Tuesday, 28 August 2018

Curiosities Part II

Mike Wilcox and Jesse Tregale were botanising at Swinsty Resevoir this weekend and came across this oddball. A completely glabrous Marsh Cudweed (Gnaphalium uliginosum). Jesse subsequently tracked down the name var. glabrum in Wolley-Dod's1970 Flora of Sussex. Probably more a chance mutation than a true variety, but a fine plant nonetheless and it will be interesting to see if it breeds true and persists over-coming years.

Monday, 13 August 2018

Spotted Spurge New for VC31

Its good to have some news from Huntingdonshire. Alan Leslie sends details of Spotted Spurge (Euphorbia maculata) found growing in the corner of the car park at Waresley garden centre in the far south of the county. This is a species that seems to be on the spread, particularly in urban habitats. One to look out for over coming years.

The following photograph, showing the plant in typical habitat, is by Stefan Lefnaer as published on Wikimedia Commons.

Sunday, 12 August 2018

The Draw of Drawdown

Mike Wilcox sent me interesting news this week that left with me with mixed feelings. He had popped over to Skelton Lake, part of my local patch, and found Mudwort (Limosella aquatica) - a cracking find and the first for the Aire Valley (at least in living memory if not all time). I was pleased because I had been expecting and hoping that this species would turn up, tempered by annoyance that if my weekend walk had taken a slightly different route then I would have got it first!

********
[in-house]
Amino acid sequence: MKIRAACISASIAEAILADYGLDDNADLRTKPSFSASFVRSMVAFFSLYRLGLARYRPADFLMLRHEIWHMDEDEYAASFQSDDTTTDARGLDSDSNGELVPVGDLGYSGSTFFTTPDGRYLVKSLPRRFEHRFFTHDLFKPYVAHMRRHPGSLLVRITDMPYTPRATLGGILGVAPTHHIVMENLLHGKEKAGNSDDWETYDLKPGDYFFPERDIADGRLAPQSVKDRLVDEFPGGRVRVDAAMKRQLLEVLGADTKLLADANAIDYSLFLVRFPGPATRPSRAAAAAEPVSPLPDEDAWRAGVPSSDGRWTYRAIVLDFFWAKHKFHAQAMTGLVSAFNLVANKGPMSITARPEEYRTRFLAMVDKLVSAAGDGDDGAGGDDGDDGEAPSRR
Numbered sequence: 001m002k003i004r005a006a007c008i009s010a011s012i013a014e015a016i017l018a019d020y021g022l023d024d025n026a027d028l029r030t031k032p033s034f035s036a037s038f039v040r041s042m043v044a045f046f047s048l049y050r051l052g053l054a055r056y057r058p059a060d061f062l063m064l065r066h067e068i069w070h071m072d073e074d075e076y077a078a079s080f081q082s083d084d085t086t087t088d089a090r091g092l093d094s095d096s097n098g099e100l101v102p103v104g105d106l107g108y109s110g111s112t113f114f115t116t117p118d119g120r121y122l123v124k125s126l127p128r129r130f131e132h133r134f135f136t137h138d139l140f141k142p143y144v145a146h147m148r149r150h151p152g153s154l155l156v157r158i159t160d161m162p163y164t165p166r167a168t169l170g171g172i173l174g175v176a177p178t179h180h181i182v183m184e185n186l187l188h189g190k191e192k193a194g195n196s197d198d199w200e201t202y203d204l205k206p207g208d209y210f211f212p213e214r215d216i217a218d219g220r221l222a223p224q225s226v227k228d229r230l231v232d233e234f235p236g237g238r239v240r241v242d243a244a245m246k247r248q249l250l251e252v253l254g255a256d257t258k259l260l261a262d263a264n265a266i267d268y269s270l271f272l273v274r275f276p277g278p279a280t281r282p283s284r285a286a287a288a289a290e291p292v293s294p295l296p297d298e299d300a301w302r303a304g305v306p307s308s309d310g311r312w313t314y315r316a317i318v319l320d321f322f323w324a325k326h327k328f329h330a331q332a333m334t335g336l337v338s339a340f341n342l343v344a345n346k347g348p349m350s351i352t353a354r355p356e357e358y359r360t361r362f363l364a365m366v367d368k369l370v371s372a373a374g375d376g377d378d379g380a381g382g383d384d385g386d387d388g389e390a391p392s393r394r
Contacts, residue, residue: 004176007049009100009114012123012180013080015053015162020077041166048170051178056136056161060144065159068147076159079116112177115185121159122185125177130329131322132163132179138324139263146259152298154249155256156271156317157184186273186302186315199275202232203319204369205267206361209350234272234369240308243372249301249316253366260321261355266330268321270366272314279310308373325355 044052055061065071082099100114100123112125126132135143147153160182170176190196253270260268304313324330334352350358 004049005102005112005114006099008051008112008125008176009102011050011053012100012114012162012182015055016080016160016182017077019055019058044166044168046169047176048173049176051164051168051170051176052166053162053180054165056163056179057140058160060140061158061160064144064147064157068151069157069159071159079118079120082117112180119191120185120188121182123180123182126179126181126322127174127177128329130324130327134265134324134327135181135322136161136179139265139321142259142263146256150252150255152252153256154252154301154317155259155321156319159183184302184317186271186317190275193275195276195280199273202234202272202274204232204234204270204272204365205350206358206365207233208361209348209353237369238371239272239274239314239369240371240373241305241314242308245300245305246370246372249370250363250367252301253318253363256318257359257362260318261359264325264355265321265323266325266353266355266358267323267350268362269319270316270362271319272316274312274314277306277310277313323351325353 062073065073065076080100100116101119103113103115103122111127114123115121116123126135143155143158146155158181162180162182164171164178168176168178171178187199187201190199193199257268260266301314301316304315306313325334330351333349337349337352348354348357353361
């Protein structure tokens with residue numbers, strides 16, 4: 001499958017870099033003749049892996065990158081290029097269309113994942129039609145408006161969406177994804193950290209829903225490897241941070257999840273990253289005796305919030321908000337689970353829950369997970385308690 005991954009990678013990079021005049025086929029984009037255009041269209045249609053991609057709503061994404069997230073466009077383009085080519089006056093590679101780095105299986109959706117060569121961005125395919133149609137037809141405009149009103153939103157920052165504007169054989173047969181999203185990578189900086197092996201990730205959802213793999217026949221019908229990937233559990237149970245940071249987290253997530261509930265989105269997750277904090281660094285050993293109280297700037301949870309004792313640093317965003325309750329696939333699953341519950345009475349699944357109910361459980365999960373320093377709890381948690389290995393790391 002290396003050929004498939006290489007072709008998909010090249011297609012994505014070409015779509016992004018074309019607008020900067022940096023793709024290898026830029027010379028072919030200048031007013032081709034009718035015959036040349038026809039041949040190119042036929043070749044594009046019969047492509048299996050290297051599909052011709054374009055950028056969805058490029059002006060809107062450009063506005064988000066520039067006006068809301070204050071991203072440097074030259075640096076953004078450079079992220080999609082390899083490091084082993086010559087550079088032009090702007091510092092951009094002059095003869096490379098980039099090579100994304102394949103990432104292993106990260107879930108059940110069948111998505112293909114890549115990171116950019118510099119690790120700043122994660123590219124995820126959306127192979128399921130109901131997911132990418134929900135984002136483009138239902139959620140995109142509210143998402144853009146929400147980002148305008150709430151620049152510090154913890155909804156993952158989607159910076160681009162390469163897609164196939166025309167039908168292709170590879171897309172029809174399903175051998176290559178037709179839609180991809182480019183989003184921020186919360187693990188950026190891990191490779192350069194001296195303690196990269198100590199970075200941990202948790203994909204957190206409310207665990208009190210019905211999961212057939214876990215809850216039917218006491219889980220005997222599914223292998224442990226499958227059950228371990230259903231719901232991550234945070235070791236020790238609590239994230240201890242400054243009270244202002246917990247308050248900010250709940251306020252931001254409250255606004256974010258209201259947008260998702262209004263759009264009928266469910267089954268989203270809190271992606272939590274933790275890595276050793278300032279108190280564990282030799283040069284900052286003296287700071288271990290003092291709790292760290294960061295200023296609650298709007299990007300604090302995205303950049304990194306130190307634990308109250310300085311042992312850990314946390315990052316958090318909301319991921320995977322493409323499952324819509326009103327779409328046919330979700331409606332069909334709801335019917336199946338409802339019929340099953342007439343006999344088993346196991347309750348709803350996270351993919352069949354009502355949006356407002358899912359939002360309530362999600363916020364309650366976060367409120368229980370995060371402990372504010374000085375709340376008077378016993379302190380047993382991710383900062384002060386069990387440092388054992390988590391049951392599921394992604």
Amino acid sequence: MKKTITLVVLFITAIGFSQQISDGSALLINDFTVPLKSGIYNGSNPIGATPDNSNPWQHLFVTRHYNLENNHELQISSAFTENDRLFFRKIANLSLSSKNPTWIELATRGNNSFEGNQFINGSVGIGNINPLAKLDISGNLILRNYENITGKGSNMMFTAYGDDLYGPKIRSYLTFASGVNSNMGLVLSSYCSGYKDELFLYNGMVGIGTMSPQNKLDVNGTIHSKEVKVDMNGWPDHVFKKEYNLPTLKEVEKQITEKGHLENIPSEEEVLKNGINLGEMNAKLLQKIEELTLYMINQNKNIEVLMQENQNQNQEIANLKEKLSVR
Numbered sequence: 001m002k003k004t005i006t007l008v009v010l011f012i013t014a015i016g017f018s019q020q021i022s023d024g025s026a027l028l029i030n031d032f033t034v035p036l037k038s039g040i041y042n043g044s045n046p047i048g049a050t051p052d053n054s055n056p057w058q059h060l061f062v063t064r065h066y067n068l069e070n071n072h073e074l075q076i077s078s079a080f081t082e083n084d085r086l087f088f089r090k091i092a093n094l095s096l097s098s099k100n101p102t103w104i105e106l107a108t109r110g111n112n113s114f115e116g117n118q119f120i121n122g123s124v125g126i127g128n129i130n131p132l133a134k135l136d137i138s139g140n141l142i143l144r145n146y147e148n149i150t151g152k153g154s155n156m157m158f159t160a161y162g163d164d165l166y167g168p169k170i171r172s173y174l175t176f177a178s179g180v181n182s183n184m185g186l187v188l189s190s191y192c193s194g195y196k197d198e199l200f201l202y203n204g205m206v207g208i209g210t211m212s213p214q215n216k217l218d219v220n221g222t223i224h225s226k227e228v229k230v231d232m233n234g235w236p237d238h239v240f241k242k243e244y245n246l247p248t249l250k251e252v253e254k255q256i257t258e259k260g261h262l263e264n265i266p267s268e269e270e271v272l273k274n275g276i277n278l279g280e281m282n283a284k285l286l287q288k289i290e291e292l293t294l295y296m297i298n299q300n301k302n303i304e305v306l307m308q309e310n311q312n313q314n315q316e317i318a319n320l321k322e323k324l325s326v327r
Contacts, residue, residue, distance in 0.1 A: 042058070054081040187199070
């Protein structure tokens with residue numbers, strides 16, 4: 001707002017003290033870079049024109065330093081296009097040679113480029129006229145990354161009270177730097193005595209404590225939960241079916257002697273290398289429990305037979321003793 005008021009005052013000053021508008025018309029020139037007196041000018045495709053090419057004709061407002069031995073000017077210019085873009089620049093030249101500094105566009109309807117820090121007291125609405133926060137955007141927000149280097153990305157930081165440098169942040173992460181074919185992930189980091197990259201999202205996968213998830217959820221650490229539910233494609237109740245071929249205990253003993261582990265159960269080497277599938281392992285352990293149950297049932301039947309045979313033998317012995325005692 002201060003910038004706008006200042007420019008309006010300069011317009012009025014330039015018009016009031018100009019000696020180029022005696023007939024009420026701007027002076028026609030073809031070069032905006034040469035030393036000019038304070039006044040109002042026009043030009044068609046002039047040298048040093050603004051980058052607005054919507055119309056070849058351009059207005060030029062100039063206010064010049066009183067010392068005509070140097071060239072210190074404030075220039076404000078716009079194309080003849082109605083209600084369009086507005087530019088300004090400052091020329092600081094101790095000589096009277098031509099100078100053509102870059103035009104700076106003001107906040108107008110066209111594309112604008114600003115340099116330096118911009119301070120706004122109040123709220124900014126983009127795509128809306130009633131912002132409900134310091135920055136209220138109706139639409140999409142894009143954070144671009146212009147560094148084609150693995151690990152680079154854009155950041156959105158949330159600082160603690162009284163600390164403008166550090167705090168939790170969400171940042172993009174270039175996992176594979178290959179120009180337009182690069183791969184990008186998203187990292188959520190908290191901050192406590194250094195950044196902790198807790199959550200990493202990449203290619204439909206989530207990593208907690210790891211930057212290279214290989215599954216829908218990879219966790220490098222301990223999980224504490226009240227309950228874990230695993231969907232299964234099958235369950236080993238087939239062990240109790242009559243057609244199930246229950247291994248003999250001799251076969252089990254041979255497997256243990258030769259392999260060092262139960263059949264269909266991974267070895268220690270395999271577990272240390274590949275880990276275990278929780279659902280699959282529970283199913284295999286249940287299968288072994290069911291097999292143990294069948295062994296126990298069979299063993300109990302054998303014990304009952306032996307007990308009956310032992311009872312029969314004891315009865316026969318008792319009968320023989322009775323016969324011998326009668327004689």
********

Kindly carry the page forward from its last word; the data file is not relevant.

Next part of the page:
So naturally I went for a look this weekend and to take a few pictures. In so doing, I was able to extend it even further into the VC64 part of the lake.

Mudwort habitat

This really has been an exceptional year at this site, with water levels dropping consistently over the summer. In recent years rain in summer has re-filled the lake, putting an end to the drawdown season before it had fully got going. The Mudwort has joined the other recent cracking finds of Grass-poly (Lythrum hyssopifolium) and Golden Dock (Rumex maritimus).

A range of other species were putting on a good show. Including this really robust Persicaria. I really wanted this to be something different, it is so striking with its spotted robust stem, distinct nodes, multiple stems arising straight from the root stock and decumbent at the base, and sub-glabrous leaves. But I had to face facts, it was just a form of "Pink" Persicaria (Persicaria lapathifolium subsp. lapathifolium - in my view the circumscription of this in Flora Nordica seems more usable than the more recent one in Sell & Murrell, which under-describes the diversity of the two subspecies). Normally a plant this distinct and forming a distinct population would merit a name (of whatever rank), but the trouble with the Persicaria's is that they are autogamous, throwing up new variants which then breed true. Perhaps if its more widespread ... let me know if you've seen it elsewhere.

It was also nice to see the "Intermediate" Plantain (Plantago major subsp. intermedia), making its 2018 appearance on the strandline.

Unexpected, and again first seen by Mike, was this sunflower (Helianthus annuus).

All this, without mentioning the knotgrasses. That's a subject for another day, but as a taster, Polygonum microspermum. A delightfully dinky species with blue-tinged foliage and tiny flowers. Seems quite a reasonable split to me, especially when seen growing in the 100's.